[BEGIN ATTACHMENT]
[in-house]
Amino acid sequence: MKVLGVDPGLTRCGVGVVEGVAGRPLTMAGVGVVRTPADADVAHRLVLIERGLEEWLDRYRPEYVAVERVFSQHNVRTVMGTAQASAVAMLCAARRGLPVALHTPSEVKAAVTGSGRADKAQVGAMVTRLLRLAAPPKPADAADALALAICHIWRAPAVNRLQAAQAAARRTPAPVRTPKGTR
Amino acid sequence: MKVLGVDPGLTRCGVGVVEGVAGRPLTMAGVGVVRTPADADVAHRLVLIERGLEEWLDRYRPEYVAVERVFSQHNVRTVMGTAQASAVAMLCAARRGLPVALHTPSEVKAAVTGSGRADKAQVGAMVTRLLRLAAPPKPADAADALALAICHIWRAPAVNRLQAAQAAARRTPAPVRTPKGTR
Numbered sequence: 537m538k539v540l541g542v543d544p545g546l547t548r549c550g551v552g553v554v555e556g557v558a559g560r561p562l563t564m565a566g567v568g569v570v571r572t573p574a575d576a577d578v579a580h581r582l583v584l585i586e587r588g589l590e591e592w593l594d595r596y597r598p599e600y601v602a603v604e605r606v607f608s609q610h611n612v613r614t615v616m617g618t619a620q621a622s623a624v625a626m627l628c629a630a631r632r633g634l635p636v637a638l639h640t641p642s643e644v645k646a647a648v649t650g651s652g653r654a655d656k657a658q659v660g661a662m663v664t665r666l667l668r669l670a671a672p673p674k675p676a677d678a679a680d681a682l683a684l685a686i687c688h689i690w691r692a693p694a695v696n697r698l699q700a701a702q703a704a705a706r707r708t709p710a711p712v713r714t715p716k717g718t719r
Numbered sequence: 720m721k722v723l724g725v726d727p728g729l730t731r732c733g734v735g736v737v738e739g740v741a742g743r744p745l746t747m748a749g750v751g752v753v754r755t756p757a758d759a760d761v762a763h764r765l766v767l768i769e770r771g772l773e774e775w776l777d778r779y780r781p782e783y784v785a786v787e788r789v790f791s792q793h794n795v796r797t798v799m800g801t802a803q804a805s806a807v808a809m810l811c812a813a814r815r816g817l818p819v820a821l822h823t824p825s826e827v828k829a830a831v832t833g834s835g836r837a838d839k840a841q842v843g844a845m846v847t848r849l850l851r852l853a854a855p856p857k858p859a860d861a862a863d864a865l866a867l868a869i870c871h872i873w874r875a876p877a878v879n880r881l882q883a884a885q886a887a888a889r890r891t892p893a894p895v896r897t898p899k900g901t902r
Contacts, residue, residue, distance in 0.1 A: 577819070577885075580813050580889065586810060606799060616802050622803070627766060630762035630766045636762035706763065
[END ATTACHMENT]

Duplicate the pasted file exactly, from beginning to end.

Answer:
[in-house]
Amino acid sequence: MKVLGVDPGLTRCGVGVVEGVAGRPLTMAGVGVVRTPADADVAHRLVLIERGLEEWLDRYRPEYVAVERVFSQHNVRTVMGTAQASAVAMLCAARRGLPVALHTPSEVKAAVTGSGRADKAQVGAMVTRLLRLAAPPKPADAADALALAICHIWRAPAVNRLQAAQAAARRTPAPVRTPKGTR
Amino acid sequence: MKVLGVDPGLTRCGVGVVEGVAGRPLTMAGVGVVRTPADADVAHRLVLIERGLEEWLDRYRPEYVAVERVFSQHNVRTVMGTAQASAVAMLCAARRGLPVALHTPSEVKAAVTGSGRADKAQVGAMVTRLLRLAAPPKPADAADALALAICHIWRAPAVNRLQAAQAAARRTPAPVRTPKGTR
Numbered sequence: 537m538k539v540l541g542v543d544p545g546l547t548r549c550g551v552g553v554v555e556g557v558a559g560r561p562l563t564m565a566g567v568g569v570v571r572t573p574a575d576a577d578v579a580h581r582l583v584l585i586e587r588g589l590e591e592w593l594d595r596y597r598p599e600y601v602a603v604e605r606v607f608s609q610h611n612v613r614t615v616m617g618t619a620q621a622s623a624v625a626m627l628c629a630a631r632r633g634l635p636v637a638l639h640t641p642s643e644v645k646a647a648v649t650g651s652g653r654a655d656k657a658q659v660g661a662m663v664t665r666l667l668r669l670a671a672p673p674k675p676a677d678a679a680d681a682l683a684l685a686i687c688h689i690w691r692a693p694a695v696n697r698l699q700a701a702q703a704a705a706r707r708t709p710a711p712v713r714t715p716k717g718t719r
Numbered sequence: 720m721k722v723l724g725v726d727p728g729l730t731r732c733g734v735g736v737v738e739g740v741a742g743r744p745l746t747m748a749g750v751g752v753v754r755t756p757a758d759a760d761v762a763h764r765l766v767l768i769e770r771g772l773e774e775w776l777d778r779y780r781p782e783y784v785a786v787e788r789v790f791s792q793h794n795v796r797t798v799m800g801t802a803q804a805s806a807v808a809m810l811c812a813a814r815r816g817l818p819v820a821l822h823t824p825s826e827v828k829a830a831v832t833g834s835g836r837a838d839k840a841q842v843g844a845m846v847t848r849l850l851r852l853a854a855p856p857k858p859a860d861a862a863d864a865l866a867l868a869i870c871h872i873w874r875a876p877a878v879n880r881l882q883a884a885q886a887a888a889r890r891t892p893a894p895v896r897t898p899k900g901t902r
Contacts, residue, residue, distance in 0.1 A: 577819070577885075580813050580889065586810060606799060616802050622803070627766060630762035630766045636762035706763065